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MANAGEMENT

Manage dairy employees, establish farm protocols, take on milk marketing, and become more confident in your farm financials.

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As a mediator, I’ve seen some pretty dumb agreements about the home yard. When you are deciding to move away or build a second home on the property, make sure you think things through with your lawyer and have some clear conversations with your successor.

Many dairy families have more than one home on the main yard, yet privacy is still an issue that you can design into your plans.

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Since dairies come in all shapes, sizes and profit levels, it is nearly impossible to predict what profitability “looks like” at a glance. Is the most profitable business the one with the highest production? Nicest cows? Best reproductive numbers? Most land base? Healthiest heifers?

What profits “look like” can vary somewhat from dairy farm to dairy farm – but studying a variety of dairy farm businesses over time can help to distinguish patterns for higher profits on dairies.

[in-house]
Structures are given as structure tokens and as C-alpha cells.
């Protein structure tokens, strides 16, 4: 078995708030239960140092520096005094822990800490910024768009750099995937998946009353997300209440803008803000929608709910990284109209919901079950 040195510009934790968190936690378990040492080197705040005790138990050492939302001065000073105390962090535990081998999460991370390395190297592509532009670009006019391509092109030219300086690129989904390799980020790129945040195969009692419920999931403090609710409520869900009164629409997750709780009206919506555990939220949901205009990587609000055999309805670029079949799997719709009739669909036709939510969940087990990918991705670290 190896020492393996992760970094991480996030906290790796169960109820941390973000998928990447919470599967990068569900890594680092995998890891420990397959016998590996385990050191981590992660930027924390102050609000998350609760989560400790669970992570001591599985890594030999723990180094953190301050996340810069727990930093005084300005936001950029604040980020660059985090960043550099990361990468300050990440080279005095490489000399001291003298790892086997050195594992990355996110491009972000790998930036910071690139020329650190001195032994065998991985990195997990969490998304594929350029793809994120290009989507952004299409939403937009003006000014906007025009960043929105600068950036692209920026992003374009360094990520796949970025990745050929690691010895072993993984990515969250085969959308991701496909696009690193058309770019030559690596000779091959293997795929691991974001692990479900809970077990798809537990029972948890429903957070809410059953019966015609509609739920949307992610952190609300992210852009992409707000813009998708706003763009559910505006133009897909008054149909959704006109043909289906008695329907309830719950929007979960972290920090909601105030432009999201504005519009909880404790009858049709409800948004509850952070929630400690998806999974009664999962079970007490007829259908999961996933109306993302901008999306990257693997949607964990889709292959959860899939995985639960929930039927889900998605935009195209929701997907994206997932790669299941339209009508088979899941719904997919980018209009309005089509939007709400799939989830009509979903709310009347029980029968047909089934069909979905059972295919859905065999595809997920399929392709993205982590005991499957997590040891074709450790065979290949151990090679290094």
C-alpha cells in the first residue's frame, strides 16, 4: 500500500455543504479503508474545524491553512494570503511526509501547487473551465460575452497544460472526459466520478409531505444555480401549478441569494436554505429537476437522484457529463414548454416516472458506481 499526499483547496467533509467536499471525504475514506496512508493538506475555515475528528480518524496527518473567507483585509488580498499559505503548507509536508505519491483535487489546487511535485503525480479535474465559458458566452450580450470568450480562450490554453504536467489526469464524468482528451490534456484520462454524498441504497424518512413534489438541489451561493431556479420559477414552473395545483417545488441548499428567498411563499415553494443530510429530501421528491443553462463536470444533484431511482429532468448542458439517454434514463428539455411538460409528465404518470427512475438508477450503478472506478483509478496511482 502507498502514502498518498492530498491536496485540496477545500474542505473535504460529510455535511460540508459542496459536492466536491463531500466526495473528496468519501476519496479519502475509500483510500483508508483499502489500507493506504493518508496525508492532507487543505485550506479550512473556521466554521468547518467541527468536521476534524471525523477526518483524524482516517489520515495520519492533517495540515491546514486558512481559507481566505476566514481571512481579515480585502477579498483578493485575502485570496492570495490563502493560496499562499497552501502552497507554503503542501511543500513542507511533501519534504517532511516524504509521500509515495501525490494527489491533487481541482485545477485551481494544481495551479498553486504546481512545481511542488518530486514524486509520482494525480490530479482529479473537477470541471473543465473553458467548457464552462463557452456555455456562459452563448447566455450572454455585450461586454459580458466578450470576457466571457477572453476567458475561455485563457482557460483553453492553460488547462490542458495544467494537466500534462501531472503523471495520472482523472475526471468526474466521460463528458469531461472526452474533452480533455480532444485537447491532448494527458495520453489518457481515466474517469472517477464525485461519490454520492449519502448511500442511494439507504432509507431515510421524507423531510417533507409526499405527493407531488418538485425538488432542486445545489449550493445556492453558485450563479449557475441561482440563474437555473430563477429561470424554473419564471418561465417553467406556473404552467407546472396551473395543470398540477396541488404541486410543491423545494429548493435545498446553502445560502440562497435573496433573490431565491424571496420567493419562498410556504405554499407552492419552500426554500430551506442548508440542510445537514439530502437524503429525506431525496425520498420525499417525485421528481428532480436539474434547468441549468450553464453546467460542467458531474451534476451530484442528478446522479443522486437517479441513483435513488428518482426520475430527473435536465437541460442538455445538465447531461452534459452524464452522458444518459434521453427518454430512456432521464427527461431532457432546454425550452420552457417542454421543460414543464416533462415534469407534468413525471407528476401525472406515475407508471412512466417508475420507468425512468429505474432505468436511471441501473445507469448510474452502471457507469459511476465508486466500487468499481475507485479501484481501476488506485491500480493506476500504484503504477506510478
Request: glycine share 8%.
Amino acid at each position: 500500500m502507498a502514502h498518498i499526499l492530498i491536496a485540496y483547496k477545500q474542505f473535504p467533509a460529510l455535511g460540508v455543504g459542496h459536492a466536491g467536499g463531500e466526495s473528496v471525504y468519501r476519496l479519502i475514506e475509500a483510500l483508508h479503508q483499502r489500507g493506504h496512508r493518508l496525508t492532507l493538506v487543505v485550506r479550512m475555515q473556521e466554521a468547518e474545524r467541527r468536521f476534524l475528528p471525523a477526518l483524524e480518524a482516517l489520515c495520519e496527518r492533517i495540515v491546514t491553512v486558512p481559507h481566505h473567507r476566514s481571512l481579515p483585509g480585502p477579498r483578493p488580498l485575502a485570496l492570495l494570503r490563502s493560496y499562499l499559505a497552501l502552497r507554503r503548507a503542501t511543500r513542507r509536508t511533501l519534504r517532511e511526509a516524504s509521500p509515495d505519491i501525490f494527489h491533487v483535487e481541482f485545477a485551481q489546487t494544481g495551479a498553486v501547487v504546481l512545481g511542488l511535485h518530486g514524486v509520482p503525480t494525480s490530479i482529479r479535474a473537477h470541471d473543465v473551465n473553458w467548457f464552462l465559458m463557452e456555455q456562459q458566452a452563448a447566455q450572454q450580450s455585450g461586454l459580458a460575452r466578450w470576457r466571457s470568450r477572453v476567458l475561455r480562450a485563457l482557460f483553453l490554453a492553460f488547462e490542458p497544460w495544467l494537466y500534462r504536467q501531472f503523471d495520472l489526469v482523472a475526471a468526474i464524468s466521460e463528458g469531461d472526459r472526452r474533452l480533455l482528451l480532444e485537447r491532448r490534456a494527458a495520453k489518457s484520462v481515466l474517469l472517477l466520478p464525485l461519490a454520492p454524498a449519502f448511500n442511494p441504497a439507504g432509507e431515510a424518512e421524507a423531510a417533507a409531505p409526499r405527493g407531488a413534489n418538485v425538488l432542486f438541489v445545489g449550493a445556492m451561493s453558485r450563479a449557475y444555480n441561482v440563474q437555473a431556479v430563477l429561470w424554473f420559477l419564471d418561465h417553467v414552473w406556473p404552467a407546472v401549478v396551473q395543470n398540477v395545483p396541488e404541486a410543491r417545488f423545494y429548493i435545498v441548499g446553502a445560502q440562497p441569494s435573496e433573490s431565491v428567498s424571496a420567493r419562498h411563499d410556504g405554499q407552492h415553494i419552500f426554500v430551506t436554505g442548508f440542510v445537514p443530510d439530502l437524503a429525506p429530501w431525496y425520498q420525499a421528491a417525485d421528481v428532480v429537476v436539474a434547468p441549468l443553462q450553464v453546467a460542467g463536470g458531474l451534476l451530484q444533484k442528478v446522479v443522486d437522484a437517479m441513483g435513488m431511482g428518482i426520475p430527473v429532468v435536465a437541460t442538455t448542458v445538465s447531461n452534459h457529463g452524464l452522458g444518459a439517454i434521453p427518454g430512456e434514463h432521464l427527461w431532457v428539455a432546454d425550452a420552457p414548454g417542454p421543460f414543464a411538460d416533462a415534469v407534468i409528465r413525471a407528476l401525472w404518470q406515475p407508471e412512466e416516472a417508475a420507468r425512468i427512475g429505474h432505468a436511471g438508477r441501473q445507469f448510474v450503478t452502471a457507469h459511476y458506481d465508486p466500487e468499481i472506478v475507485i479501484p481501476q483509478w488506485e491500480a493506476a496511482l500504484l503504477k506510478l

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Managing labour is a big part of dairy farming today. Many times I have heard farmers say it’s not the cows that are hard, but dealing with the people.

I see labour management similar to parenting: Someone has to make decisions to keep the household – or in this case the farm – on track – and you can bet that all the kids will never be happy at the same time.

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Management is an explicit process. It can be taught, and it can be learned. It takes time, dedication and self-discipline. Management is often the difference between success and failure.

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A family with energetic boys raised cattle on a hobby farm. A well-intentioned neighbour, with decades of experience in cattle production, was critical of the “results” he saw and often shared his wisdom.

One evening, as the neighbour chastised the father, the mother stepped in and said, “You don’t seem to understand. We’re not really raising cattle on this farm. We’re raising boys!”

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In conversing with dairy managers, their usual complaint is their labour force. When these individuals are asked what motivates their employees to do a good job every day, the usual response is: “They will be fired if they don’t perform well.

That is motivation enough.” Their statements may be true, but is employee performance really improved with the threat of termination? Dairy employees already have the desire and capability to become top performers.

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